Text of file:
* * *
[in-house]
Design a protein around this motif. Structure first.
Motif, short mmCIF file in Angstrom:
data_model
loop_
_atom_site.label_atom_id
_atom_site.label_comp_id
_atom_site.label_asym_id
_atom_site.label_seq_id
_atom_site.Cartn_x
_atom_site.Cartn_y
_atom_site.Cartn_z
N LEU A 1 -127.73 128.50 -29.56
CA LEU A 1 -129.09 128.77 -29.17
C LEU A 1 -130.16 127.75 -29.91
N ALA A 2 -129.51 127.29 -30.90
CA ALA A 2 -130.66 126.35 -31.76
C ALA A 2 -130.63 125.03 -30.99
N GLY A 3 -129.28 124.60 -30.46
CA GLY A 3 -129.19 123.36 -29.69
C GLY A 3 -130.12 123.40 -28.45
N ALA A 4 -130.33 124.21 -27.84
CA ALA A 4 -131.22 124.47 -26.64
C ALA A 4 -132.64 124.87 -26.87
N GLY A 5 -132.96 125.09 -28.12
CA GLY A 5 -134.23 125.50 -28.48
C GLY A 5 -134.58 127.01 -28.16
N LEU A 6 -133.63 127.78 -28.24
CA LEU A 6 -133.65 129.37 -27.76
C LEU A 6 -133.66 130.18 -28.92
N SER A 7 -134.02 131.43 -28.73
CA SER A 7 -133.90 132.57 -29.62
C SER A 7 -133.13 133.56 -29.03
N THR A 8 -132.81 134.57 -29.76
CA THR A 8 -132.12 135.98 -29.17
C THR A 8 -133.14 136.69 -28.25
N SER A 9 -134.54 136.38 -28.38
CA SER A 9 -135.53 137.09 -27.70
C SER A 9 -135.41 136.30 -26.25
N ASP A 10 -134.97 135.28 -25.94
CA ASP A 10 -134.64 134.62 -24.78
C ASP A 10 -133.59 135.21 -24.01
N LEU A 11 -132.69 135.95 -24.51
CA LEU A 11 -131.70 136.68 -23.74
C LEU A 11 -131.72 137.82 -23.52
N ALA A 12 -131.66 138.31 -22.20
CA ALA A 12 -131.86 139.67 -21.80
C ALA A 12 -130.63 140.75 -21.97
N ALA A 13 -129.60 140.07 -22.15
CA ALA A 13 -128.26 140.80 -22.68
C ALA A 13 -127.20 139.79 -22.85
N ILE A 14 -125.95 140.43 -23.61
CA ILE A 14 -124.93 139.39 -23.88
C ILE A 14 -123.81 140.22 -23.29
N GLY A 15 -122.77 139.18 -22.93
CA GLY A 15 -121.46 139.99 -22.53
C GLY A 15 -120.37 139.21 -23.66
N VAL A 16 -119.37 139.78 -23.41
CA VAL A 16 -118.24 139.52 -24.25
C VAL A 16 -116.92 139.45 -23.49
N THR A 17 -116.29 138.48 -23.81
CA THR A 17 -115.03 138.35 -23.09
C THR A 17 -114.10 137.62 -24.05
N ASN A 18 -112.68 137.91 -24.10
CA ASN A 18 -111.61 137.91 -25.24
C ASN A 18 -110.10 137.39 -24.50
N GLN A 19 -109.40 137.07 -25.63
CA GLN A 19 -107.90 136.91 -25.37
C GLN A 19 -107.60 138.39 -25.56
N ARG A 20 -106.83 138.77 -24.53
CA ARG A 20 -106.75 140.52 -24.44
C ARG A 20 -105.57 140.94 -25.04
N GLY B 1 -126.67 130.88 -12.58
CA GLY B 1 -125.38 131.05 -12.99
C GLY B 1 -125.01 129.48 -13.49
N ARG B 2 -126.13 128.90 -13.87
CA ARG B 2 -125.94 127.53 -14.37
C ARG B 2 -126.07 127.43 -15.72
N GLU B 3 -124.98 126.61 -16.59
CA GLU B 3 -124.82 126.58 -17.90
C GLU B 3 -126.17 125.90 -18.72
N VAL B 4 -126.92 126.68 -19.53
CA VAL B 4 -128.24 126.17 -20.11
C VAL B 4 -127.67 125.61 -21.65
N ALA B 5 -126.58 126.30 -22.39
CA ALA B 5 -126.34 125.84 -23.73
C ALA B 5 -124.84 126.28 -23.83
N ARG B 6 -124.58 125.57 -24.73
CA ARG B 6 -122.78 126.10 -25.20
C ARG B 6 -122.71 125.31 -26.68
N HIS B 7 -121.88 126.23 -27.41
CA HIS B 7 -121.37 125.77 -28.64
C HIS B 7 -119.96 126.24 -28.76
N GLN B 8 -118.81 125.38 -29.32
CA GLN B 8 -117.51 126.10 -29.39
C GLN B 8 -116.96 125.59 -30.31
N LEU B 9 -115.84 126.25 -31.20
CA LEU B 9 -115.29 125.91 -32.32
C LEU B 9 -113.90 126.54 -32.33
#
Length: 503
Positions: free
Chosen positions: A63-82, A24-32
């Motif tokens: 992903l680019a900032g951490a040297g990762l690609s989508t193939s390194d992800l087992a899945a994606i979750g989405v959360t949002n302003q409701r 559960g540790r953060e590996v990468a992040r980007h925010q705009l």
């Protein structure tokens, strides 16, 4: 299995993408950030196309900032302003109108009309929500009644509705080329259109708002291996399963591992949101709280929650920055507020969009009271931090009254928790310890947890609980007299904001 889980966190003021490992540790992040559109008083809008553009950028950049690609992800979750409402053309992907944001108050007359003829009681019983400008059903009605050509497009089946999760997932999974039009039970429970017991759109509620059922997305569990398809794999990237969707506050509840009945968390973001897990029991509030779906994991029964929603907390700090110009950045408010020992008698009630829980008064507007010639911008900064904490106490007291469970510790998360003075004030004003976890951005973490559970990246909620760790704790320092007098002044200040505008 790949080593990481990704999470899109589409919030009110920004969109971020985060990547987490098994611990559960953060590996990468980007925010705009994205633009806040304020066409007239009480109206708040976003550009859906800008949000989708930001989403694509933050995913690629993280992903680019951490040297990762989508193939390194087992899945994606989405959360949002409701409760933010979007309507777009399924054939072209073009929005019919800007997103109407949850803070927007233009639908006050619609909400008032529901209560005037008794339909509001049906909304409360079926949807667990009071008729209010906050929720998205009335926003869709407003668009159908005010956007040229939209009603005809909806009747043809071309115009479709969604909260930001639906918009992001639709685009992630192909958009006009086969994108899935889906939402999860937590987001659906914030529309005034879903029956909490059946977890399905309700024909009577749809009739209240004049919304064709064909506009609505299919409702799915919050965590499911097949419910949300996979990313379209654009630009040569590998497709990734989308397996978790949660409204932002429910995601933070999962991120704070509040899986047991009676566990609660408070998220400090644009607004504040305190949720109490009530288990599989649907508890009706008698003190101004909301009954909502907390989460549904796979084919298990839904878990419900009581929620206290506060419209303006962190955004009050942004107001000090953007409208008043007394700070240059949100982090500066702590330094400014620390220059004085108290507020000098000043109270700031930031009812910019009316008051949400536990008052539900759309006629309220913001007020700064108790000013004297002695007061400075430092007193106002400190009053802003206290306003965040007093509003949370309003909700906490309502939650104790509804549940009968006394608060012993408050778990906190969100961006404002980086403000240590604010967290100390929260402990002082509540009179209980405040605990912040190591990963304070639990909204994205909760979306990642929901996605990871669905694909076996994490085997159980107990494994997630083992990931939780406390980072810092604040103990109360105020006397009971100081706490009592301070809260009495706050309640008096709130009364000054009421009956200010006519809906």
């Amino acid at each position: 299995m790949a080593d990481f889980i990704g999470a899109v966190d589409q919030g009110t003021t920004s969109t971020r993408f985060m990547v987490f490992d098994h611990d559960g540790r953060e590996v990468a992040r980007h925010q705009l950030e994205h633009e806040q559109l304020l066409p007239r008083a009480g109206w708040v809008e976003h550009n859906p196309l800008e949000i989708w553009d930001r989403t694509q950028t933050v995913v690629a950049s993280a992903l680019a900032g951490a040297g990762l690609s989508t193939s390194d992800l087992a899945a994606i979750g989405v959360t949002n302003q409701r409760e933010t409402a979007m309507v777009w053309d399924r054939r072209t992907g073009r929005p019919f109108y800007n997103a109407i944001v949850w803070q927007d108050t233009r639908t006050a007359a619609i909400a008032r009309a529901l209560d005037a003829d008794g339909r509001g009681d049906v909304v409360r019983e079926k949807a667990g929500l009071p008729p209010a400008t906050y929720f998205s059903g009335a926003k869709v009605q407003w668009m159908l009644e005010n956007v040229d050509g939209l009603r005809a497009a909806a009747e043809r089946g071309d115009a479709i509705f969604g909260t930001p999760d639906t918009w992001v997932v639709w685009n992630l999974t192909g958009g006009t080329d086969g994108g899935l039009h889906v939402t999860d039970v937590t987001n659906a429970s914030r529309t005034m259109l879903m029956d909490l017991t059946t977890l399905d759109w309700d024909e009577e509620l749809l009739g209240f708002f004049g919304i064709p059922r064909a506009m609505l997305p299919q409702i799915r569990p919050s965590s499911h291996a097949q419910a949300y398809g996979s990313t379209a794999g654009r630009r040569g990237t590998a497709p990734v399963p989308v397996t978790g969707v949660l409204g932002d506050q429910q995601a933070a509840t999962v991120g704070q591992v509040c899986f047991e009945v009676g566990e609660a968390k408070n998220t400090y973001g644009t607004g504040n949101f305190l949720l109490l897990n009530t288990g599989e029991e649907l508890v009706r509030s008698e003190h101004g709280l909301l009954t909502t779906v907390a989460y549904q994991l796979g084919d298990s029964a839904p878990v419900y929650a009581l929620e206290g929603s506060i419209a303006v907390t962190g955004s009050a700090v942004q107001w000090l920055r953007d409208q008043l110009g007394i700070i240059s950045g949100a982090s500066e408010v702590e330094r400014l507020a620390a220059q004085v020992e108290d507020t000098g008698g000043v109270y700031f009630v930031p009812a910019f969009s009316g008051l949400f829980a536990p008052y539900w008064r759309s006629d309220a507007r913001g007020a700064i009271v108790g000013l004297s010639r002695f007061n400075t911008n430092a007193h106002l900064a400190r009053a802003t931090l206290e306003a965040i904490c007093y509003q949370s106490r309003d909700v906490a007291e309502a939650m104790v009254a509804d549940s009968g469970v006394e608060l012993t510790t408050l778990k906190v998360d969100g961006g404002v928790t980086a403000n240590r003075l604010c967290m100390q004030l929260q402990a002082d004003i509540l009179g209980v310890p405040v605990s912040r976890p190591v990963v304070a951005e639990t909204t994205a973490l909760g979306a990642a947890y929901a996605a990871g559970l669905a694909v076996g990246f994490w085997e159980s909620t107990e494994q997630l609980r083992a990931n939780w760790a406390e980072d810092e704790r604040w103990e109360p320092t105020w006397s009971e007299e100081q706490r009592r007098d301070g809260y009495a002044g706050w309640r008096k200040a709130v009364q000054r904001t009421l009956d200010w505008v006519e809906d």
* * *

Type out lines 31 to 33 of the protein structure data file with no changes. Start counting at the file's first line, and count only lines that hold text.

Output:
N SER A 7 -134.02 131.43 -28.73
CA SER A 7 -133.90 132.57 -29.62
C SER A 7 -133.13 133.56 -29.03